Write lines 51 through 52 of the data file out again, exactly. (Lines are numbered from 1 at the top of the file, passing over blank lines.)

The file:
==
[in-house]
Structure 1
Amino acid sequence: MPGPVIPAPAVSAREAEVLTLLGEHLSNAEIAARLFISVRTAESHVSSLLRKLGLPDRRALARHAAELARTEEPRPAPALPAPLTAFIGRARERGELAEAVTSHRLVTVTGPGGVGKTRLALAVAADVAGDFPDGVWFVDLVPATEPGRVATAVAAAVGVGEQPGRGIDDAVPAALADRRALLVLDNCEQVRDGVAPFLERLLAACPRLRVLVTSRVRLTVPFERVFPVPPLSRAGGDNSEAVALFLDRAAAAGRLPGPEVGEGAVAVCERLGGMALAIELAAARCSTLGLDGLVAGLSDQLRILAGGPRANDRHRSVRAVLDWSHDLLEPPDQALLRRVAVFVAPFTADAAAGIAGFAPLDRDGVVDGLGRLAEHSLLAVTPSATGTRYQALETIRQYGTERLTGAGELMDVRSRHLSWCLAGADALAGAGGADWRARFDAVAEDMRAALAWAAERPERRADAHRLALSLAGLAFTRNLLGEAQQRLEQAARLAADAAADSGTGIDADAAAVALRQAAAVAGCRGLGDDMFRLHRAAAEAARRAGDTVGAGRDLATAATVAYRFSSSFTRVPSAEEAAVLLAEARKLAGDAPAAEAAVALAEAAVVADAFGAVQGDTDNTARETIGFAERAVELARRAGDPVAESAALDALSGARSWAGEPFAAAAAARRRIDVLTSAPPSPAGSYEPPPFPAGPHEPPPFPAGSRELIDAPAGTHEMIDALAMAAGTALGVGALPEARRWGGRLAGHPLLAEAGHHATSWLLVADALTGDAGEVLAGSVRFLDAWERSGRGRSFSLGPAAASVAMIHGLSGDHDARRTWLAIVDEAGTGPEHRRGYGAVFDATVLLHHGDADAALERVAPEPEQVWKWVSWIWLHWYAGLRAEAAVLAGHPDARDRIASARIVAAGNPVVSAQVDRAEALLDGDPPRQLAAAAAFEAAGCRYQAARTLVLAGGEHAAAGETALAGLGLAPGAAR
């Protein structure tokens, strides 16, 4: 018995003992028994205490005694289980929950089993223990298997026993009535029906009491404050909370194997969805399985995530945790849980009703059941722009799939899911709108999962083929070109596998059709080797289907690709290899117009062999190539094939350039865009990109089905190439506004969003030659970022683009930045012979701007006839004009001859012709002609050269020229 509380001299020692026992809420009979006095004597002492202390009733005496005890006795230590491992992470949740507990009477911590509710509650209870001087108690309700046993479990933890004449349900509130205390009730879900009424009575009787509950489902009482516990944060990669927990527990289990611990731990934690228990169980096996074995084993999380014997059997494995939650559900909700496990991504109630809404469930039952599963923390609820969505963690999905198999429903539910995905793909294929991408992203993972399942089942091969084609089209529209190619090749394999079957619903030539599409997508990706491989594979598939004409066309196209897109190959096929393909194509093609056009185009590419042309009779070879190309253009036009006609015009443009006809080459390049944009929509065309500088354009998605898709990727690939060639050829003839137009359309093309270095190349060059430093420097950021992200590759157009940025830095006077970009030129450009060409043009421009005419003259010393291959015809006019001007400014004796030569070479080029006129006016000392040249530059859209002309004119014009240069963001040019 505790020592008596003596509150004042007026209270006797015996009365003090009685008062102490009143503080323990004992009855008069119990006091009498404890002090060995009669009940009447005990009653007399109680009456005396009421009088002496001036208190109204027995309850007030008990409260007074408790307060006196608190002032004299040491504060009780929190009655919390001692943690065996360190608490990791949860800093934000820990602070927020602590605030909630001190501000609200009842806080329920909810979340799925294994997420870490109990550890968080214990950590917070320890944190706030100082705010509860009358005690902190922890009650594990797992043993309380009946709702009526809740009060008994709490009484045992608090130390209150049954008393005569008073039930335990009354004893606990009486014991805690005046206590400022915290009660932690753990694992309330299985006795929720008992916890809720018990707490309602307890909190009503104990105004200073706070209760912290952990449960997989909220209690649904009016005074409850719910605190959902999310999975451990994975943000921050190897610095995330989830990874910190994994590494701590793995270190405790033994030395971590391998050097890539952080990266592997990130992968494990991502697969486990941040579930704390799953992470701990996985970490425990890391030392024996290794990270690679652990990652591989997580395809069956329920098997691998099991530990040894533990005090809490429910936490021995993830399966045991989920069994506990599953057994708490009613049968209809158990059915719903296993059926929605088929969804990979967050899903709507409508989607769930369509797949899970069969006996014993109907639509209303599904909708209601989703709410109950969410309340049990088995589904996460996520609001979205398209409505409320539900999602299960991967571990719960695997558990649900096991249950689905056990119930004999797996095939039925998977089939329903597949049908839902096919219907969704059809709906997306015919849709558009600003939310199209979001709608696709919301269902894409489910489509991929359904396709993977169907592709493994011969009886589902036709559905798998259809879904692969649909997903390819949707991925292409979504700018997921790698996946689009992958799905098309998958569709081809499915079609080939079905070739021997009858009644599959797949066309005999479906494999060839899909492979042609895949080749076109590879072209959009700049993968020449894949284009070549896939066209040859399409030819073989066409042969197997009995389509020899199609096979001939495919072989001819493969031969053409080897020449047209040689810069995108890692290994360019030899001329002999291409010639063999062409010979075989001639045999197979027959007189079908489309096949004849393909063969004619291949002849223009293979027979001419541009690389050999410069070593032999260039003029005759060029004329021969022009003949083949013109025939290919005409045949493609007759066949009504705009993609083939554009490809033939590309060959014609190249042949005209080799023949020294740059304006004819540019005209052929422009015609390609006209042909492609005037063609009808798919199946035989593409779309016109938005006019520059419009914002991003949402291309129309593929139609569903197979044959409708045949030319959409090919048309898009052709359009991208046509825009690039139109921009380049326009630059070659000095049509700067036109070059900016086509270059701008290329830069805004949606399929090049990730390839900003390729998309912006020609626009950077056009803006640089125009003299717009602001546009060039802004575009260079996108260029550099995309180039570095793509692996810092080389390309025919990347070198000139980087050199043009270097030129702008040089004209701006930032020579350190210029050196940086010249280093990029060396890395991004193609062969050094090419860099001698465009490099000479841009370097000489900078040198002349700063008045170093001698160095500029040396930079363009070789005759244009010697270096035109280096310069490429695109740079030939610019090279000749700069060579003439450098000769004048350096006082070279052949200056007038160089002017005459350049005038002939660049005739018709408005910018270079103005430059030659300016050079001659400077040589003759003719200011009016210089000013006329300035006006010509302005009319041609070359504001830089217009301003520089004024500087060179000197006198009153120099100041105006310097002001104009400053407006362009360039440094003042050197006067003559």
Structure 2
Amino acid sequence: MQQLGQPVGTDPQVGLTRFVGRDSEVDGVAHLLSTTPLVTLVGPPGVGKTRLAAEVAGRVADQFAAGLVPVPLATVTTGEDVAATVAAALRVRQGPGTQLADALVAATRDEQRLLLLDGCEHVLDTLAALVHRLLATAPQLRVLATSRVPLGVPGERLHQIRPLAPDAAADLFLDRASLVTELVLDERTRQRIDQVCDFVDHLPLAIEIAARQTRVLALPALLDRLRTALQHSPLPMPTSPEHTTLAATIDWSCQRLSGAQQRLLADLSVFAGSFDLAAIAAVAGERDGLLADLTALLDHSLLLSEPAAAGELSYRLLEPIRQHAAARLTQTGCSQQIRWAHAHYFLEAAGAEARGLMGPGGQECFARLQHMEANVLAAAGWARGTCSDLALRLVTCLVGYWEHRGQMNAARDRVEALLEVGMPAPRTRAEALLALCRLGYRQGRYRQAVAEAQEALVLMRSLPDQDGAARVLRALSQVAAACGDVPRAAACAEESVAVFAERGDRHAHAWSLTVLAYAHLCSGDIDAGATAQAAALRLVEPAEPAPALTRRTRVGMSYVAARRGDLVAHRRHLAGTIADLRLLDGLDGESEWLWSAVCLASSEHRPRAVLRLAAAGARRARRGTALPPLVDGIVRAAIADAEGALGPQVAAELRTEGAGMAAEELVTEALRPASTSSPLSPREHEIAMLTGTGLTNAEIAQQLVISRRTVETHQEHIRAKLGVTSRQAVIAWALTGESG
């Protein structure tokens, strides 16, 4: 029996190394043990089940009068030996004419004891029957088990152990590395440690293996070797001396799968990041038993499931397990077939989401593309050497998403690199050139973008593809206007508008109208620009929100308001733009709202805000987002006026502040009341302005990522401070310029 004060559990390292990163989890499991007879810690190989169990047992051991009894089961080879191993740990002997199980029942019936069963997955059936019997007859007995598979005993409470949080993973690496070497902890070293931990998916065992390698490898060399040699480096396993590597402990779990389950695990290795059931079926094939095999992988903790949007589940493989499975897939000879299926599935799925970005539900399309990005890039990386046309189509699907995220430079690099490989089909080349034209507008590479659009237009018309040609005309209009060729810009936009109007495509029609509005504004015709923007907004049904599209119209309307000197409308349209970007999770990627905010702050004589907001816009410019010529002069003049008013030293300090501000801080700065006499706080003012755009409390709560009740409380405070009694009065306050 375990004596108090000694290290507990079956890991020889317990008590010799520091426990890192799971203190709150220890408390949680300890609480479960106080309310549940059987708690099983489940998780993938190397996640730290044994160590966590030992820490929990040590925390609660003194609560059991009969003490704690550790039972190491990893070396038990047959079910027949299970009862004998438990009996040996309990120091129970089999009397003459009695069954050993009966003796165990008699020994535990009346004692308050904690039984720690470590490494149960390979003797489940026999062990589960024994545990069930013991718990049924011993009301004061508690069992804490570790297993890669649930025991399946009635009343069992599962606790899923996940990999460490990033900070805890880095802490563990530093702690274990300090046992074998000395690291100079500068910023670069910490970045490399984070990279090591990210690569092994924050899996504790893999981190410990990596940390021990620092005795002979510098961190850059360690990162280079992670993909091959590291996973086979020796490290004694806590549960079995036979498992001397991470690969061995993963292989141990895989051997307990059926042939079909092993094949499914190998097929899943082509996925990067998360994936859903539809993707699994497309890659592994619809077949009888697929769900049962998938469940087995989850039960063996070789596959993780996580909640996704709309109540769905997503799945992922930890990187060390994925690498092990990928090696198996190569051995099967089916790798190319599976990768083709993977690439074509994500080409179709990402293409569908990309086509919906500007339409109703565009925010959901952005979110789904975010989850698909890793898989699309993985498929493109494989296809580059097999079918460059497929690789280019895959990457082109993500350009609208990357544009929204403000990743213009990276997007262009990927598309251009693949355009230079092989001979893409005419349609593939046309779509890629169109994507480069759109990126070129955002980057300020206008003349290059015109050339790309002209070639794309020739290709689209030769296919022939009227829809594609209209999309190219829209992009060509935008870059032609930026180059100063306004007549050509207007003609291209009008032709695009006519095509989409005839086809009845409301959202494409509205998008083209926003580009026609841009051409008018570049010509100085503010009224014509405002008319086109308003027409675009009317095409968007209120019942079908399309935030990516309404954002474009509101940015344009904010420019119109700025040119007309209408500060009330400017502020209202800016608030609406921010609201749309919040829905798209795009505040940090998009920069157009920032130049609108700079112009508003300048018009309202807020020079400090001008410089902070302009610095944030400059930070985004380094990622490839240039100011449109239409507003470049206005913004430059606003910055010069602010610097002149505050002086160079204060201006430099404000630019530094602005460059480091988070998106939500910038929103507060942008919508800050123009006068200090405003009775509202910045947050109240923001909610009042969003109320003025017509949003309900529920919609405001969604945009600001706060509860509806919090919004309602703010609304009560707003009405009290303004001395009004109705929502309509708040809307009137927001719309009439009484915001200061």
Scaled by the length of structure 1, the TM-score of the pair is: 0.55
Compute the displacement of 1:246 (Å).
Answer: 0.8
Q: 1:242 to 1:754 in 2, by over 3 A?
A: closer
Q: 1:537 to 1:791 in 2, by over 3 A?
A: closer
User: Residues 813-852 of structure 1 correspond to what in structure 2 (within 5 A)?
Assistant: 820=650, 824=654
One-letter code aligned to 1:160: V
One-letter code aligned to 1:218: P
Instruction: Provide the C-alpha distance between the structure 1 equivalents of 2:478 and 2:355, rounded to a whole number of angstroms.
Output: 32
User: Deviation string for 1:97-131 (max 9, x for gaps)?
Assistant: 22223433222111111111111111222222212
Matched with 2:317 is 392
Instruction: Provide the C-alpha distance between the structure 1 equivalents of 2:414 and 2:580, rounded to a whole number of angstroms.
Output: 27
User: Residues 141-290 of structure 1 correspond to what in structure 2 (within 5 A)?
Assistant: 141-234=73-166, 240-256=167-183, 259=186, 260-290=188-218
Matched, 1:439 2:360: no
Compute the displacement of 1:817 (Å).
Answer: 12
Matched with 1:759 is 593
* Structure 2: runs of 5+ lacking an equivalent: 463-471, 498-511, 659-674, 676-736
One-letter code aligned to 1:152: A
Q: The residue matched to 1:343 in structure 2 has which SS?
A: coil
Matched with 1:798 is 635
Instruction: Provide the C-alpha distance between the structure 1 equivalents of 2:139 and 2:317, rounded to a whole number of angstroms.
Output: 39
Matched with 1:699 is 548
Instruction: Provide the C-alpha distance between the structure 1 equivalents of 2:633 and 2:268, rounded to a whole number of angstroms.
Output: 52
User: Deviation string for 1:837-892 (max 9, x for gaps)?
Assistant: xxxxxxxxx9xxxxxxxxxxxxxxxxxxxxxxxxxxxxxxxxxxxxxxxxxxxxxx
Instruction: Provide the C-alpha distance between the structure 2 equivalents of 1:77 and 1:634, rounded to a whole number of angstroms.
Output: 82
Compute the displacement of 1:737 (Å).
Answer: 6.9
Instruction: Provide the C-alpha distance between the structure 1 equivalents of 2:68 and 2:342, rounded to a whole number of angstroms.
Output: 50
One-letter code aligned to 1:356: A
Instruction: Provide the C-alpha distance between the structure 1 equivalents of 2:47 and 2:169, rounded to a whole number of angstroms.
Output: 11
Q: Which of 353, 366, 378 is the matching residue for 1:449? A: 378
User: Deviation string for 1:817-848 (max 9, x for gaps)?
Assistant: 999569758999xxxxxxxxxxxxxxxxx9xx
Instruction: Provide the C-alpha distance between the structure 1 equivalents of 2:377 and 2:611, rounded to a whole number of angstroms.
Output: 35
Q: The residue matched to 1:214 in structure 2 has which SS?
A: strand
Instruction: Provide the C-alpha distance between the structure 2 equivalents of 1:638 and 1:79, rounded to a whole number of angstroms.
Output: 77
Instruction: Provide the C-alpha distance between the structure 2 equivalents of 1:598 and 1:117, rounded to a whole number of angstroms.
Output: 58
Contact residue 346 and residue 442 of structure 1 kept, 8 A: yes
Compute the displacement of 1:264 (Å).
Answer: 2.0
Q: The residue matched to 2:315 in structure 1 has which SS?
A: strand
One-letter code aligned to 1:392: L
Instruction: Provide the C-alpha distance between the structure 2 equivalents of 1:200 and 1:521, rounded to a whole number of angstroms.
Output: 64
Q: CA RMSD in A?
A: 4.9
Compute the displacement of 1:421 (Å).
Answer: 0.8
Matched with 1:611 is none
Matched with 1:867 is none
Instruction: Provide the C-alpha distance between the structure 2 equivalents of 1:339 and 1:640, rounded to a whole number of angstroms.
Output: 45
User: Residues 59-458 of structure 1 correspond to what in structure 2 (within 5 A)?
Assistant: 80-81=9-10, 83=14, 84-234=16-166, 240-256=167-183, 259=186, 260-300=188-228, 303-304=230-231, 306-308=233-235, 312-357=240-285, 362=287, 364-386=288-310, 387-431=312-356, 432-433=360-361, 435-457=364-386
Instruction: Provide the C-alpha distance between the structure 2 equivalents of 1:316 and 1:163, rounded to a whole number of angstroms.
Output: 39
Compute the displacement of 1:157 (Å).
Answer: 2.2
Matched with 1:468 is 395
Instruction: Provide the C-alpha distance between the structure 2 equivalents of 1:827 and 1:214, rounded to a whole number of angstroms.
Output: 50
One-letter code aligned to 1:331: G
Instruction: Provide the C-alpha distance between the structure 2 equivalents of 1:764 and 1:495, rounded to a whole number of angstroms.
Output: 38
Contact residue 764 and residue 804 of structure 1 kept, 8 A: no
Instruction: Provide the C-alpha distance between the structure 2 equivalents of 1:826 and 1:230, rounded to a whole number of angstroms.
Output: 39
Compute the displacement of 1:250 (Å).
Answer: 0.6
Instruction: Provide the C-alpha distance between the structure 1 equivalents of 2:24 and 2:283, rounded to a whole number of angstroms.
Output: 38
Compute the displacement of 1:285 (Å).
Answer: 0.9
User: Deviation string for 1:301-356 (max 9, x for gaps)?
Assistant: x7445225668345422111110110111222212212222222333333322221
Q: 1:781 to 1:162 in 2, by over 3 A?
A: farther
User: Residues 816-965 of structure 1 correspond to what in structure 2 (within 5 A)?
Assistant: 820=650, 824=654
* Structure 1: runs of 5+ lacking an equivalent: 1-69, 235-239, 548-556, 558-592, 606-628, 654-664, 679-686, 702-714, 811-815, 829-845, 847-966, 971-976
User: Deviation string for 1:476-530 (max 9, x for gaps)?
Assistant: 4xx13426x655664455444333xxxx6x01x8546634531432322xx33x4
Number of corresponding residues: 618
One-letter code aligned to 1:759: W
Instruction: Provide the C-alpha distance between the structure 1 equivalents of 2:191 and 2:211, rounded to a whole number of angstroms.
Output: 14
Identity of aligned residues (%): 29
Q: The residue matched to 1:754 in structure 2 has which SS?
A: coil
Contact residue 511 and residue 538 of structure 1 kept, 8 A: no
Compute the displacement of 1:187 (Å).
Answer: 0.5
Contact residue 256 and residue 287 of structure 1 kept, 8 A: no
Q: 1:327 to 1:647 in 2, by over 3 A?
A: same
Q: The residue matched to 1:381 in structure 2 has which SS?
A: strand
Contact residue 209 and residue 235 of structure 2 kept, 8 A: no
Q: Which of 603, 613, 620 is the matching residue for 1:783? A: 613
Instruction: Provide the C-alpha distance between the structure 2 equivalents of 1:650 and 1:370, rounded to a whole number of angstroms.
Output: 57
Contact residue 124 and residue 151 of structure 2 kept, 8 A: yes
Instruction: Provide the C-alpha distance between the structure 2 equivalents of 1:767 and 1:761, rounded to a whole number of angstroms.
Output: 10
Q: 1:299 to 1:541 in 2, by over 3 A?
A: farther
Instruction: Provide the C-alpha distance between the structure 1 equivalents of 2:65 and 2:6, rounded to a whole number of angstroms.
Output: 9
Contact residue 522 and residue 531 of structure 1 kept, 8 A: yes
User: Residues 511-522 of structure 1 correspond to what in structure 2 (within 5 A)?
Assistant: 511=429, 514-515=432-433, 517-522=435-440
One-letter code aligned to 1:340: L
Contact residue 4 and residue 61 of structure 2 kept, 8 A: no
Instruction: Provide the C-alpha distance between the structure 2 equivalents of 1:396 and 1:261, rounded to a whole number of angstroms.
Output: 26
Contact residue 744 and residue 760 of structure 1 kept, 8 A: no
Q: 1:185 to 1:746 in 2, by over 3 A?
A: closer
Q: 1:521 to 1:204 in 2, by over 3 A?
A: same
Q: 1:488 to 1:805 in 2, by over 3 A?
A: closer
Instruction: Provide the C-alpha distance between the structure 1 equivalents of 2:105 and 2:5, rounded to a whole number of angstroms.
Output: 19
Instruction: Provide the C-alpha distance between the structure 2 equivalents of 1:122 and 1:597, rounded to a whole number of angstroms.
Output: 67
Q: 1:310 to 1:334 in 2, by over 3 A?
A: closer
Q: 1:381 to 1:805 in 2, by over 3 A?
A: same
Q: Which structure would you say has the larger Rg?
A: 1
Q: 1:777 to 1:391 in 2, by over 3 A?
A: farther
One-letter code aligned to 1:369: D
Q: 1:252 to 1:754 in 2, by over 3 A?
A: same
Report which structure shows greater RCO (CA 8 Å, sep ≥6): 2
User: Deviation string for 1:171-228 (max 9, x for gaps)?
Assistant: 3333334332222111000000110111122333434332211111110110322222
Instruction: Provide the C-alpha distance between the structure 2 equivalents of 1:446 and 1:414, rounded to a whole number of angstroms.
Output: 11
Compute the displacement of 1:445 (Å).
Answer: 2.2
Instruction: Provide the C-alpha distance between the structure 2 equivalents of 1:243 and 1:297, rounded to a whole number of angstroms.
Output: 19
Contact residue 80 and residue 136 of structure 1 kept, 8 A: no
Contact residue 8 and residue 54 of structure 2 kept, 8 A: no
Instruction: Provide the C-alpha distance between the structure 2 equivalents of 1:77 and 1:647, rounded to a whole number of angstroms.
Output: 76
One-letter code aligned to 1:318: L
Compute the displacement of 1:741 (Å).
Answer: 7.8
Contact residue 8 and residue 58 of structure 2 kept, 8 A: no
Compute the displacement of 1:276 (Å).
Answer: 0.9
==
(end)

Instruction: Provide the C-alpha distance between the structure 1 equivalents of 2:47 and 2:169, rounded to a whole number of angstroms.
Output: 11